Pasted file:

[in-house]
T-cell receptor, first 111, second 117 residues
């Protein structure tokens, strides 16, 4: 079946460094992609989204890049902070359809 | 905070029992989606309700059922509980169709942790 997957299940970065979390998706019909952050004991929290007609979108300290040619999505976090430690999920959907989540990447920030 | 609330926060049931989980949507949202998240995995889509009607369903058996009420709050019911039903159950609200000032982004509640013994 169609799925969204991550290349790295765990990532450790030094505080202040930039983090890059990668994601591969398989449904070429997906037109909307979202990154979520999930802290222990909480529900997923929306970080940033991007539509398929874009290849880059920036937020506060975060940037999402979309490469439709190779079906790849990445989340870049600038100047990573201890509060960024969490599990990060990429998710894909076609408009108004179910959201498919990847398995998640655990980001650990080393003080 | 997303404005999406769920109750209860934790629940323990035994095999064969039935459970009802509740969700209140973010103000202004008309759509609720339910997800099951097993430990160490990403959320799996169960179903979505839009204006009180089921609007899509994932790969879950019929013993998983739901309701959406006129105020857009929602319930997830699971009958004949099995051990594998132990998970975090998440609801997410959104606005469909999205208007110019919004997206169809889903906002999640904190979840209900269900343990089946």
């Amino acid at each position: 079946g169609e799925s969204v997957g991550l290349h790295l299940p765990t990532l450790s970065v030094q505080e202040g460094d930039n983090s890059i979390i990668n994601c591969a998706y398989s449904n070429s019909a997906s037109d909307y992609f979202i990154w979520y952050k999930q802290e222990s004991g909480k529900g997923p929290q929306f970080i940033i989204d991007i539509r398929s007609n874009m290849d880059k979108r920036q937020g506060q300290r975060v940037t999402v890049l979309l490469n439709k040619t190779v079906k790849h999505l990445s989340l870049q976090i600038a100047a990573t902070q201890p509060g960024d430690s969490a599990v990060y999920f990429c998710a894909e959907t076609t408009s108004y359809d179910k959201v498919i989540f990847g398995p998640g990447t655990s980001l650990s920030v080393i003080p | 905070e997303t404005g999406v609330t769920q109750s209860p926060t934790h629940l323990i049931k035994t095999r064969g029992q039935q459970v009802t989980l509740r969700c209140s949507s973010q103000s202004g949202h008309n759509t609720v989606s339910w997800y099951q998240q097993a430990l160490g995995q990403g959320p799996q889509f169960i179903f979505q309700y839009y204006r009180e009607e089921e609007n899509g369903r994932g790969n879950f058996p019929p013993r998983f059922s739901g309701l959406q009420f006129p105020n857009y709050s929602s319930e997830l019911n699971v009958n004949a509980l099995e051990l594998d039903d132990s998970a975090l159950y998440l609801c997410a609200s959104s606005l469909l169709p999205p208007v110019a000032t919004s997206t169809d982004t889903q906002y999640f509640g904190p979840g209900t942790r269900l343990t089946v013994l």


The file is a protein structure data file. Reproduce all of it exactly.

[in-house]
T-cell receptor, first 111, second 117 residues
């Protein structure tokens, strides 16, 4: 079946460094992609989204890049902070359809 | 905070029992989606309700059922509980169709942790 997957299940970065979390998706019909952050004991929290007609979108300290040619999505976090430690999920959907989540990447920030 | 609330926060049931989980949507949202998240995995889509009607369903058996009420709050019911039903159950609200000032982004509640013994 169609799925969204991550290349790295765990990532450790030094505080202040930039983090890059990668994601591969398989449904070429997906037109909307979202990154979520999930802290222990909480529900997923929306970080940033991007539509398929874009290849880059920036937020506060975060940037999402979309490469439709190779079906790849990445989340870049600038100047990573201890509060960024969490599990990060990429998710894909076609408009108004179910959201498919990847398995998640655990980001650990080393003080 | 997303404005999406769920109750209860934790629940323990035994095999064969039935459970009802509740969700209140973010103000202004008309759509609720339910997800099951097993430990160490990403959320799996169960179903979505839009204006009180089921609007899509994932790969879950019929013993998983739901309701959406006129105020857009929602319930997830699971009958004949099995051990594998132990998970975090998440609801997410959104606005469909999205208007110019919004997206169809889903906002999640904190979840209900269900343990089946």
């Amino acid at each position: 079946g169609e799925s969204v997957g991550l290349h790295l299940p765990t990532l450790s970065v030094q505080e202040g460094d930039n983090s890059i979390i990668n994601c591969a998706y398989s449904n070429s019909a997906s037109d909307y992609f979202i990154w979520y952050k999930q802290e222990s004991g909480k529900g997923p929290q929306f970080i940033i989204d991007i539509r398929s007609n874009m290849d880059k979108r920036q937020g506060q300290r975060v940037t999402v890049l979309l490469n439709k040619t190779v079906k790849h999505l990445s989340l870049q976090i600038a100047a990573t902070q201890p509060g960024d430690s969490a599990v990060y999920f990429c998710a894909e959907t076609t408009s108004y359809d179910k959201v498919i989540f990847g398995p998640g990447t655990s980001l650990s920030v080393i003080p | 905070e997303t404005g999406v609330t769920q109750s209860p926060t934790h629940l323990i049931k035994t095999r064969g029992q039935q459970v009802t989980l509740r969700c209140s949507s973010q103000s202004g949202h008309n759509t609720v989606s339910w997800y099951q998240q097993a430990l160490g995995q990403g959320p799996q889509f169960i179903f979505q309700y839009y204006r009180e009607e089921e609007n899509g369903r994932g790969n879950f058996p019929p013993r998983f059922s739901g309701l959406q009420f006129p105020n857009y709050s929602s319930e997830l019911n699971v009958n004949a509980l099995e051990l594998d039903d132990s998970a975090l159950y998440l609801c997410a609200s959104s606005l469909l169709p999205p208007v110019a000032t919004s997206t169809d982004t889903q906002y999640f509640g904190p979840g209900t942790r269900l343990t089946v013994l």